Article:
Q: What if I change my mind and want my pet back?

A: Occasionally, pet owners are put into a position where they have to surrender a pet to the shelter. Sometimes they find a way after they’ve surrendered that would allow them to have their pet. We will use our discretion as to whether we will give an animal back to an owner. Never surrender your pet when you are upset. If you are having difficulty with your pet’s behavior you can always call the shelter, consult your veterinarian or a professional before surrendering. Keep in mind that signing the surrender paperwork means you are signing your rights to that pet(s) to Rivers and Bluffs Animal Shelter. After the surrender form is signed the pet is Rivers and Bluffs Animal Shelter's property. 

Q: How long before my pet will be available for adoption?
A: Each pet is given 3-4 days to adjust to the shelter environment. Sometimes a pet needs more time to adjust to the shelter before it’s made available. After they have settled in, each animal must have a health assessment and a behavioral assessment. Moving an animal to the adoptable area also depends on how much room is available. 

Q: Will surrendering have an effect on my chances of adopting an animal in the future?
A: There is not a black and white answer for surrendering animals as each situation is different. Rivers and Bluffs understand that situations arise and prevent families from keeping pets sometimes. We do not discourage people from adopting in the future, but please keep in mind that we cannot guarantee that an application will be approved.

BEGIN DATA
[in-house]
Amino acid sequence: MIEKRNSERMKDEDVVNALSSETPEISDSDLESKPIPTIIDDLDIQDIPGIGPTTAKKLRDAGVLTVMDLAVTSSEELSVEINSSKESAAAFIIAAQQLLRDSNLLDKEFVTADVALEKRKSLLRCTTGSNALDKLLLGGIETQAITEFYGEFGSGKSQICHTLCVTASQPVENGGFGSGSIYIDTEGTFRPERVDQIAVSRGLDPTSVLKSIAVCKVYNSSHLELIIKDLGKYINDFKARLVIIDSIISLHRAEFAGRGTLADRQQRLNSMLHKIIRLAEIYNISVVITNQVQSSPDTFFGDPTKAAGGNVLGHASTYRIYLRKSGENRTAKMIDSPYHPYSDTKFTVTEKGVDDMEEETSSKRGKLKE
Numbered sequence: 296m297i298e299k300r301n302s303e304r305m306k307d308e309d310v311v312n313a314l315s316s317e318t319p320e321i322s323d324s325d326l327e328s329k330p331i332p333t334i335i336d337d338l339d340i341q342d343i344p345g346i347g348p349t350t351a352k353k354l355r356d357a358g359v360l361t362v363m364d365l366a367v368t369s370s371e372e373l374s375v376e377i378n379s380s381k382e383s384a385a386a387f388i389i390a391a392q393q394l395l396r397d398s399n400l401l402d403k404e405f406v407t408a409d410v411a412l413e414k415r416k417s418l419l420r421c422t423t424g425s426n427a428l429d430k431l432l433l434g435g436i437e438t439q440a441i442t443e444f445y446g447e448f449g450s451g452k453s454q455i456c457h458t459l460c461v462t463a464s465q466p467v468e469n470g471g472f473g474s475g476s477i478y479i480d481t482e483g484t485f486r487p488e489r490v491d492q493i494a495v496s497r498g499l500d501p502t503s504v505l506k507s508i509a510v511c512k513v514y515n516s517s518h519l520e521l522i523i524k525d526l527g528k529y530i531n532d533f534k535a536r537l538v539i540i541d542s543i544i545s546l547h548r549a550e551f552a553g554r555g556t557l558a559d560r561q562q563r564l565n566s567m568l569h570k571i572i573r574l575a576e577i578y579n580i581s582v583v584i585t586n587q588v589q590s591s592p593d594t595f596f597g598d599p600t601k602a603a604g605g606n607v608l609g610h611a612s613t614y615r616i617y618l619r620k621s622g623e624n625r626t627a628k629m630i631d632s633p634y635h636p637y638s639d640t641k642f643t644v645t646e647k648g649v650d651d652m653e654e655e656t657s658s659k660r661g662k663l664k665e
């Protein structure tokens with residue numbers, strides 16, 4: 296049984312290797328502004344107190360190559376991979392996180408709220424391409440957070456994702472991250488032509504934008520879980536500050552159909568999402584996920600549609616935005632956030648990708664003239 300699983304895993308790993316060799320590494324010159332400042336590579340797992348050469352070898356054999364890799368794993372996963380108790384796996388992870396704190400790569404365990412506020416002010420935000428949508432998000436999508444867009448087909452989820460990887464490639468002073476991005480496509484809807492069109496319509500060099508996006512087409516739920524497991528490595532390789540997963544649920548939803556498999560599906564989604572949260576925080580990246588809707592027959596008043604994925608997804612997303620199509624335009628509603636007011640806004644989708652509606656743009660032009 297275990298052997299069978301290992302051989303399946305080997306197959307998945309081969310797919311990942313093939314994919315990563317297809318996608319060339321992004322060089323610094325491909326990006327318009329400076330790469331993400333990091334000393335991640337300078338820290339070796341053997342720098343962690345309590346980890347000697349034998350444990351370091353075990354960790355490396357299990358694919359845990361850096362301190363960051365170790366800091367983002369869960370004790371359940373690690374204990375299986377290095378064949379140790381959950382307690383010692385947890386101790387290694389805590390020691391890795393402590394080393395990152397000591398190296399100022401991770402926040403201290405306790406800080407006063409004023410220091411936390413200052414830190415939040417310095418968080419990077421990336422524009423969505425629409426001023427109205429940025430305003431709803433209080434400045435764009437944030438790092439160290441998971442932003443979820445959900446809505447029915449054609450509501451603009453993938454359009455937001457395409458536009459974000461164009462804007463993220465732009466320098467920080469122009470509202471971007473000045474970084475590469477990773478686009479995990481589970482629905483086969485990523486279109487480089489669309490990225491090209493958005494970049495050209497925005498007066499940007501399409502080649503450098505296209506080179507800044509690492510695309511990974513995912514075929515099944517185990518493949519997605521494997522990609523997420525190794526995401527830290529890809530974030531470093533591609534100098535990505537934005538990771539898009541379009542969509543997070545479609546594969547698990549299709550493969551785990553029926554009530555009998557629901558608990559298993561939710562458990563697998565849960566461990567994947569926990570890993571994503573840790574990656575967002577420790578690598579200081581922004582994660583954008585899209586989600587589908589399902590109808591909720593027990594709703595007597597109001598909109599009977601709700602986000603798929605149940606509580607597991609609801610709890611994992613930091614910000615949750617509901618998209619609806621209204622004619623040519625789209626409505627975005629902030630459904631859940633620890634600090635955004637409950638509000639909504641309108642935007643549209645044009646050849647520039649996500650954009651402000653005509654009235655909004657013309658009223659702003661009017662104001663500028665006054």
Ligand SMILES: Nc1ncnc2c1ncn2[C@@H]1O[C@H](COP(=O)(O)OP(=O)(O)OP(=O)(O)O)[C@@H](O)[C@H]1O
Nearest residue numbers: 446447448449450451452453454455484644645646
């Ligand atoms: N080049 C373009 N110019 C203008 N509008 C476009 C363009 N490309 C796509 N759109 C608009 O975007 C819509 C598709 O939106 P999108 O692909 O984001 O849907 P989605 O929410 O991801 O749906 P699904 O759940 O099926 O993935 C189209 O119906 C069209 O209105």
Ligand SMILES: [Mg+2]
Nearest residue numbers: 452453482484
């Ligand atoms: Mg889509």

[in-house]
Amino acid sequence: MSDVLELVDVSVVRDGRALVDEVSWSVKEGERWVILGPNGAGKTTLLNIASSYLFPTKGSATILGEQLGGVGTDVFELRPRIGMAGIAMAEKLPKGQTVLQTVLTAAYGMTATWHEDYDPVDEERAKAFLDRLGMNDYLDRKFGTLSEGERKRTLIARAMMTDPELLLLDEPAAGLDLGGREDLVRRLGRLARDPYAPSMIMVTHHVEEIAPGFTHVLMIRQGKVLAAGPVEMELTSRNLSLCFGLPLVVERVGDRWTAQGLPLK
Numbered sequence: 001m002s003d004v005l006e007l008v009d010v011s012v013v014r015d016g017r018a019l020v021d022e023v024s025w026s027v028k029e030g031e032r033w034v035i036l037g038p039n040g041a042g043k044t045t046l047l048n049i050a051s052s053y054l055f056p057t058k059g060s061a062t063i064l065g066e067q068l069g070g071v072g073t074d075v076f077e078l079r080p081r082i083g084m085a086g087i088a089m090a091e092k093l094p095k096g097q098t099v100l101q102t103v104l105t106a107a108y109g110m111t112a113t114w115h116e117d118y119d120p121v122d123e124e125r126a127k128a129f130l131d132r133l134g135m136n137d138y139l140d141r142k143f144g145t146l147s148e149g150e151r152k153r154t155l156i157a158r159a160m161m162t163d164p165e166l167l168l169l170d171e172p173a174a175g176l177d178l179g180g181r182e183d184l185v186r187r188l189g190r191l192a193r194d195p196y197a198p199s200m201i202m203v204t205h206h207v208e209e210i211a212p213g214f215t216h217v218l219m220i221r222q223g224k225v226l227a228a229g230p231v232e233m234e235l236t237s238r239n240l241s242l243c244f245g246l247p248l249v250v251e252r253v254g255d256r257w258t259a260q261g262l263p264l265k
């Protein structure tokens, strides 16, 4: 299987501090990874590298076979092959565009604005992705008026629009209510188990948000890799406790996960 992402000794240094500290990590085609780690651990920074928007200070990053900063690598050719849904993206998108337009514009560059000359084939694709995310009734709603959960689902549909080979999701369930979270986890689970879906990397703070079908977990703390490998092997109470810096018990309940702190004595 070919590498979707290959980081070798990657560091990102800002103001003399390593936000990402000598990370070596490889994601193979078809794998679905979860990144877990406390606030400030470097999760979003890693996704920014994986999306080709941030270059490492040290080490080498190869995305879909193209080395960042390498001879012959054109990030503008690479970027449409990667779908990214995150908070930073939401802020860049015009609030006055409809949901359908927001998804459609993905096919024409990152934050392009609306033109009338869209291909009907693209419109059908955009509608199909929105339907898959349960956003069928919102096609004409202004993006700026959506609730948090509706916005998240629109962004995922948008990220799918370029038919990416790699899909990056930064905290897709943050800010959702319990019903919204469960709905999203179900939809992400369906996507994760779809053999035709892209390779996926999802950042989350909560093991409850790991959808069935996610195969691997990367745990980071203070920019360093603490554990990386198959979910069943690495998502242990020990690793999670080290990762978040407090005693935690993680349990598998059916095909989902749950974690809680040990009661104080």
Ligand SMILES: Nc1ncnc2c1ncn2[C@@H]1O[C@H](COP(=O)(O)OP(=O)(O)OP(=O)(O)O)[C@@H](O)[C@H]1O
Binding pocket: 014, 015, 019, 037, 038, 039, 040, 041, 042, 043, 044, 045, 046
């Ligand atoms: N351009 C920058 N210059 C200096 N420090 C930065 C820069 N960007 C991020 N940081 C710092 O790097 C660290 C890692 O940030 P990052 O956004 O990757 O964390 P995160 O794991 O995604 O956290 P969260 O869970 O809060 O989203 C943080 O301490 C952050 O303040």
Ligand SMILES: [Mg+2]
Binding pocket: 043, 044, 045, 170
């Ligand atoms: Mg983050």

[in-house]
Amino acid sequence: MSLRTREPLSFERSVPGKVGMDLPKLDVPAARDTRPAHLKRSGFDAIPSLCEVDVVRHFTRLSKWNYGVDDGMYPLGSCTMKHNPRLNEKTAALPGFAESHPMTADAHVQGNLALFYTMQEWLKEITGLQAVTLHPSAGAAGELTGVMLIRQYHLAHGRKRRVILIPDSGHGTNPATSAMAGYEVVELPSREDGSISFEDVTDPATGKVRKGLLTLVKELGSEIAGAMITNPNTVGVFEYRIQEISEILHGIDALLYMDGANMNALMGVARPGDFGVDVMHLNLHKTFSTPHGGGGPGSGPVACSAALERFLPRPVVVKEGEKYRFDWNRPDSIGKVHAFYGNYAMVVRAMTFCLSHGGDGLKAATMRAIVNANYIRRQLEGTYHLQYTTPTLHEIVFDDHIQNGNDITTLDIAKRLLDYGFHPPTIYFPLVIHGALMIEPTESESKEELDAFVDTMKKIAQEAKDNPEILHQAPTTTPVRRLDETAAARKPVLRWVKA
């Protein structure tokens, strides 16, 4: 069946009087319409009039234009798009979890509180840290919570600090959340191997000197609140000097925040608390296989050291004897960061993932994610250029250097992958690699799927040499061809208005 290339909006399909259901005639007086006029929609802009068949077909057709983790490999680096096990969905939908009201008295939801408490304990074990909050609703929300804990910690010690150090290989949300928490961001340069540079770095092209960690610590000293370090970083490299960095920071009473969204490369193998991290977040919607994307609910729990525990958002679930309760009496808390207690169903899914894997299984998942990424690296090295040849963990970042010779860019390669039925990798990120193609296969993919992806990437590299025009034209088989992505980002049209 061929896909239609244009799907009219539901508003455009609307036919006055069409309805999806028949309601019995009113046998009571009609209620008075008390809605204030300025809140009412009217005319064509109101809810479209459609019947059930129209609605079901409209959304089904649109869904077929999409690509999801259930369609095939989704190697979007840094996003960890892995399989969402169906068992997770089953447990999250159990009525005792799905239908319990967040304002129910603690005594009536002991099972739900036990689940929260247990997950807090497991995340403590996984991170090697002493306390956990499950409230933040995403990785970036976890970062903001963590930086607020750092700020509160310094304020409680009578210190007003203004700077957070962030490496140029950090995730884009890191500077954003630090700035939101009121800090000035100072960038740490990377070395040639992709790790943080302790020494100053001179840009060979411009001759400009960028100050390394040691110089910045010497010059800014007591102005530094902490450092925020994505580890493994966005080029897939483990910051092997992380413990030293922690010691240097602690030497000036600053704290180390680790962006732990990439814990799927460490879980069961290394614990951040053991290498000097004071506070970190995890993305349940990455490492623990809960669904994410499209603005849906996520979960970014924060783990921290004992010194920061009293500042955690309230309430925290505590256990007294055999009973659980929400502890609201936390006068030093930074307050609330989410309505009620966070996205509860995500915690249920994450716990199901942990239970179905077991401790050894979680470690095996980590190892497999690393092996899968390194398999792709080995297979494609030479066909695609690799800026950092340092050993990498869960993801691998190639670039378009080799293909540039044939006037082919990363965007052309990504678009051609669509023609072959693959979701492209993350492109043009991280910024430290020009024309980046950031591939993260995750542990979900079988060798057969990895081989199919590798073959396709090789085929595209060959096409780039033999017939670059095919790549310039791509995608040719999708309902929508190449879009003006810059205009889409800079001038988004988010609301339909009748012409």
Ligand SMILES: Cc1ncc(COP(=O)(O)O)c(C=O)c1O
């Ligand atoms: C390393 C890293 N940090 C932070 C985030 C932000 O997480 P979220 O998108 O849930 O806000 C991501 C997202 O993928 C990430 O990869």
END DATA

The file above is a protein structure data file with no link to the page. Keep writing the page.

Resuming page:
Q: Will my pet find a good home?
A: Rest assured that our staff takes very good care of all of the animals that come into the shelter. They are all treated like they are family. Applicants are screened to make sure they will be the best fit for your pet. When you surrender a pet, the surrender profile helps us to match your pet with the perfect home. We love these animals like they are our own and we’ll do our very best to take care of them.

Q: What can I do after I surrender my pet?
A: Surrendering a pet to the shelter is a very hard decision that no one wants to be faced with. In these situations, there is seldom any 'closure.' The owner does not know where the pet will go after it is left at the shelter. There may be additional guilt associated with this type of loss. It has been shown that when grief can be expressed, the time needed for healing is often less. Similarly, if the expression of grief is restricted or withheld, the healing process may take much longer.
In addition to talking with others, to do something often helps work through our grief. By doing something positive during this time of sadness, we expand our focus by celebrating the life of the pet.

  • Activities which may help include:
  • Planting flowers or a tree in memory of the pet
  • Making a charitable donation
  • Drawing a picture, making a clay sculpture or doing needlework of something that reminds you of your pet (you could do this yourself, or have it done by a professional)
  • Placing your pet's nametag on your key ring
  • Writing a poem, song, or story
  • Composing music or a song
  • Creating a memorial photo album or scrapbook
  • Writing a letter to your pet
  • Framing a photograph